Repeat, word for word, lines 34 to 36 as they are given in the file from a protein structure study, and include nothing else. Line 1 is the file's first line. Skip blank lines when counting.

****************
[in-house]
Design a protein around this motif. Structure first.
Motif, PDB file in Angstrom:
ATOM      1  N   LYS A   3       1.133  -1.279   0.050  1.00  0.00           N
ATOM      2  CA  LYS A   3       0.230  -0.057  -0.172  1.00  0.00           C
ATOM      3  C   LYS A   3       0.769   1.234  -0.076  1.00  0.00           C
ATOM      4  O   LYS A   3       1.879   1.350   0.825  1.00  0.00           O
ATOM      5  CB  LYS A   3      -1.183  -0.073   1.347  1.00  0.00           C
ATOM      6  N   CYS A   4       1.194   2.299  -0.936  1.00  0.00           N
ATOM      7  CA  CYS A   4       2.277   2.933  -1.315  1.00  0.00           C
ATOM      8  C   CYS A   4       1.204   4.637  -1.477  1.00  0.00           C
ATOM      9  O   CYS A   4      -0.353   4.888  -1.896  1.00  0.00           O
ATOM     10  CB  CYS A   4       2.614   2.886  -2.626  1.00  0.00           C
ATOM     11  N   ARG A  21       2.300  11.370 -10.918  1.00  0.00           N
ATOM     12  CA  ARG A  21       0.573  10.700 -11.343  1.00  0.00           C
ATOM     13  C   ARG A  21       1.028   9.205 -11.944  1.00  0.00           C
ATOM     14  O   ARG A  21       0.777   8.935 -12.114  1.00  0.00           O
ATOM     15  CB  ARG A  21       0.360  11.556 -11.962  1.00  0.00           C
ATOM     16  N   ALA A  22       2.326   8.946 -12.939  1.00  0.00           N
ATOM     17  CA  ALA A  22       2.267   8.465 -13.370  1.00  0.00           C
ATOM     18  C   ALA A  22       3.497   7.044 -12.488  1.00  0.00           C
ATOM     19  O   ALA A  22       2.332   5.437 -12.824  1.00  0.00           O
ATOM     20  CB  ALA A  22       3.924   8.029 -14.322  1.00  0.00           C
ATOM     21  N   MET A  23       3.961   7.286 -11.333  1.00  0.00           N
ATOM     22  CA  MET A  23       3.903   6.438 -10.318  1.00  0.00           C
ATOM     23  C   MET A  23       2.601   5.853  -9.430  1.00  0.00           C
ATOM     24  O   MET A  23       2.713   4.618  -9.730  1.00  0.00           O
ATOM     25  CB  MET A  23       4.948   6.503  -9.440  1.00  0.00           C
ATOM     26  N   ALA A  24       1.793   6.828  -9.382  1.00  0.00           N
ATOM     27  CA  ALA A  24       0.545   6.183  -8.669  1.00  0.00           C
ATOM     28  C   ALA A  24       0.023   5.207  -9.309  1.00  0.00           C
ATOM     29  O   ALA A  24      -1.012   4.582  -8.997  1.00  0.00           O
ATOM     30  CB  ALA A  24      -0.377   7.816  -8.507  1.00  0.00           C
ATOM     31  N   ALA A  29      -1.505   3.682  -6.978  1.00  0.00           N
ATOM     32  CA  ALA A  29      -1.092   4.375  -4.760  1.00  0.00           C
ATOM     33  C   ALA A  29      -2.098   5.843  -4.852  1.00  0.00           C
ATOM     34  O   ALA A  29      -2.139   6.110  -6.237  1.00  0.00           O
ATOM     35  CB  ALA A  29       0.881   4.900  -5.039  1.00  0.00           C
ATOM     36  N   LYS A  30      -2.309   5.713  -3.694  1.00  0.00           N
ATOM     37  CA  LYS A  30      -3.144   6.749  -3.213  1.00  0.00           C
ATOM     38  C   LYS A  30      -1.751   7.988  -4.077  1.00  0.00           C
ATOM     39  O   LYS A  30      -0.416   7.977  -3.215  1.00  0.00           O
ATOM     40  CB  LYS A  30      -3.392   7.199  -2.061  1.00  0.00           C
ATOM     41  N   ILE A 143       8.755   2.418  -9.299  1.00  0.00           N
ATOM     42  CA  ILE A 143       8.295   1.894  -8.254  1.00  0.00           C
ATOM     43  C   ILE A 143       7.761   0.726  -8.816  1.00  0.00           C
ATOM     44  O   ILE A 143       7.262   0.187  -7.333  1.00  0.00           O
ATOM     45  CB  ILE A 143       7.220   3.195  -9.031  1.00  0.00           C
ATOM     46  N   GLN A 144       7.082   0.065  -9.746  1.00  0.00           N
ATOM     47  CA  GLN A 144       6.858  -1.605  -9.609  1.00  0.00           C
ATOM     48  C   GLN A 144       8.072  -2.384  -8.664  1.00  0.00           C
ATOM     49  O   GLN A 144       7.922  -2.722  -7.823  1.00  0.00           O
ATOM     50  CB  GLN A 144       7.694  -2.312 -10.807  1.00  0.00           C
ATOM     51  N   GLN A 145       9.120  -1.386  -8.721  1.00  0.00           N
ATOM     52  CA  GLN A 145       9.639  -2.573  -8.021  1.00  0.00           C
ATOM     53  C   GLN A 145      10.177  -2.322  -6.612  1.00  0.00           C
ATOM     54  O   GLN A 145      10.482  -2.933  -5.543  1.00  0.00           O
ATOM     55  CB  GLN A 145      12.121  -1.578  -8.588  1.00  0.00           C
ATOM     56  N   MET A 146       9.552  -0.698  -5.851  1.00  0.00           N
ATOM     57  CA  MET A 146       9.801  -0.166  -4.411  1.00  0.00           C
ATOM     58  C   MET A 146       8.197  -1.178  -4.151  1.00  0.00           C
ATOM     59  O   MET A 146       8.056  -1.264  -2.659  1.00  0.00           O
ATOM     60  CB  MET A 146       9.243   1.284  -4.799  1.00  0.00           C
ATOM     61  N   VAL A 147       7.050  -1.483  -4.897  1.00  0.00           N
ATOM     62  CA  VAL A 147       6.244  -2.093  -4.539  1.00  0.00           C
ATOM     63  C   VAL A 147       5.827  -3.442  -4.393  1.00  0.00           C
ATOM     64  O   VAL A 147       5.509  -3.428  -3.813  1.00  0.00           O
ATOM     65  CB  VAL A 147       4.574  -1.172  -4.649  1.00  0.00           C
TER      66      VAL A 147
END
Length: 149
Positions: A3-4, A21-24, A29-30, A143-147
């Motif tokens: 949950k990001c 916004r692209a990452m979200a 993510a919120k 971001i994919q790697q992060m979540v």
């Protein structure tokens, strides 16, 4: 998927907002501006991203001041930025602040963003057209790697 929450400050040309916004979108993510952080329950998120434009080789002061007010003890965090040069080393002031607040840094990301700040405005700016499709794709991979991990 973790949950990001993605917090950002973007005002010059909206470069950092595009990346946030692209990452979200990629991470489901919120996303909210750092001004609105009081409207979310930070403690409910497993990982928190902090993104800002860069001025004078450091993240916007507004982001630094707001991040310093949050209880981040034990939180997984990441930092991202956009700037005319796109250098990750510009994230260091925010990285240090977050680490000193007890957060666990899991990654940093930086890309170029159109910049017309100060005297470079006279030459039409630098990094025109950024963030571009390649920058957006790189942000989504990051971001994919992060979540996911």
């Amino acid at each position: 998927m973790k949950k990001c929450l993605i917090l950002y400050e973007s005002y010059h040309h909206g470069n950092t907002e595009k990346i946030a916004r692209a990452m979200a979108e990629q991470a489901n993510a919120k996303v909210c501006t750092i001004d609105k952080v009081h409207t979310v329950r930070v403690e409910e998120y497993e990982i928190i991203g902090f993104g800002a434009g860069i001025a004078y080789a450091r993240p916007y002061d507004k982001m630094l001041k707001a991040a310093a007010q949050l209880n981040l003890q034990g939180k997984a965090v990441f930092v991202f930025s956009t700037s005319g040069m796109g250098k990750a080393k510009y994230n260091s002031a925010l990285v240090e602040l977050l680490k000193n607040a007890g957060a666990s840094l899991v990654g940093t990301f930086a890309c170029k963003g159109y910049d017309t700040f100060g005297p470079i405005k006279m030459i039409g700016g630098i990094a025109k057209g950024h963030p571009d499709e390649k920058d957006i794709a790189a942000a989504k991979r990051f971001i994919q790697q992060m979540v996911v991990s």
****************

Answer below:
ATOM     31  N   ALA A  29      -1.505   3.682  -6.978  1.00  0.00           N
ATOM     32  CA  ALA A  29      -1.092   4.375  -4.760  1.00  0.00           C
ATOM     33  C   ALA A  29      -2.098   5.843  -4.852  1.00  0.00           C